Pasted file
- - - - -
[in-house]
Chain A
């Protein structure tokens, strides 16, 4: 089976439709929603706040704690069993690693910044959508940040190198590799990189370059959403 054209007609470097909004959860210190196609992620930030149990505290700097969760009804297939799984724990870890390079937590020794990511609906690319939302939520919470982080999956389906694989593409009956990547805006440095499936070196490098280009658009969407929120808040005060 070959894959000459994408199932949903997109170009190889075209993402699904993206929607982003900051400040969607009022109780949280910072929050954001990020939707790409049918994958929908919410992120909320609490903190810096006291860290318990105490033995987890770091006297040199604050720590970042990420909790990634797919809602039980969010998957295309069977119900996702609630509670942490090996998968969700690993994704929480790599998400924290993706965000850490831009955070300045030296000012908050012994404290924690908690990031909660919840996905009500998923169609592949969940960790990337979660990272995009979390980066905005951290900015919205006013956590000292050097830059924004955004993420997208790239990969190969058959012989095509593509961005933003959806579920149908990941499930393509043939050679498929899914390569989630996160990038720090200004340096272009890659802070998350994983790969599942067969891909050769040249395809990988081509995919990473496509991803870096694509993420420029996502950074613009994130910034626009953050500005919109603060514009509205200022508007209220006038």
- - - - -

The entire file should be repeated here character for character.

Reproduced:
[in-house]
Chain A
């Protein structure tokens, strides 16, 4: 089976439709929603706040704690069993690693910044959508940040190198590799990189370059959403 054209007609470097909004959860210190196609992620930030149990505290700097969760009804297939799984724990870890390079937590020794990511609906690319939302939520919470982080999956389906694989593409009956990547805006440095499936070196490098280009658009969407929120808040005060 070959894959000459994408199932949903997109170009190889075209993402699904993206929607982003900051400040969607009022109780949280910072929050954001990020939707790409049918994958929908919410992120909320609490903190810096006291860290318990105490033995987890770091006297040199604050720590970042990420909790990634797919809602039980969010998957295309069977119900996702609630509670942490090996998968969700690993994704929480790599998400924290993706965000850490831009955070300045030296000012908050012994404290924690908690990031909660919840996905009500998923169609592949969940960790990337979660990272995009979390980066905005951290900015919205006013956590000292050097830059924004955004993420997208790239990969190969058959012989095509593509961005933003959806579920149908990941499930393509043939050679498929899914390569989630996160990038720090200004340096272009890659802070998350994983790969599942067969891909050769040249395809990988081509995919990473496509991803870096694509993420420029996502950074613009994130910034626009953050500005919109603060514009509205200022508007209220006038």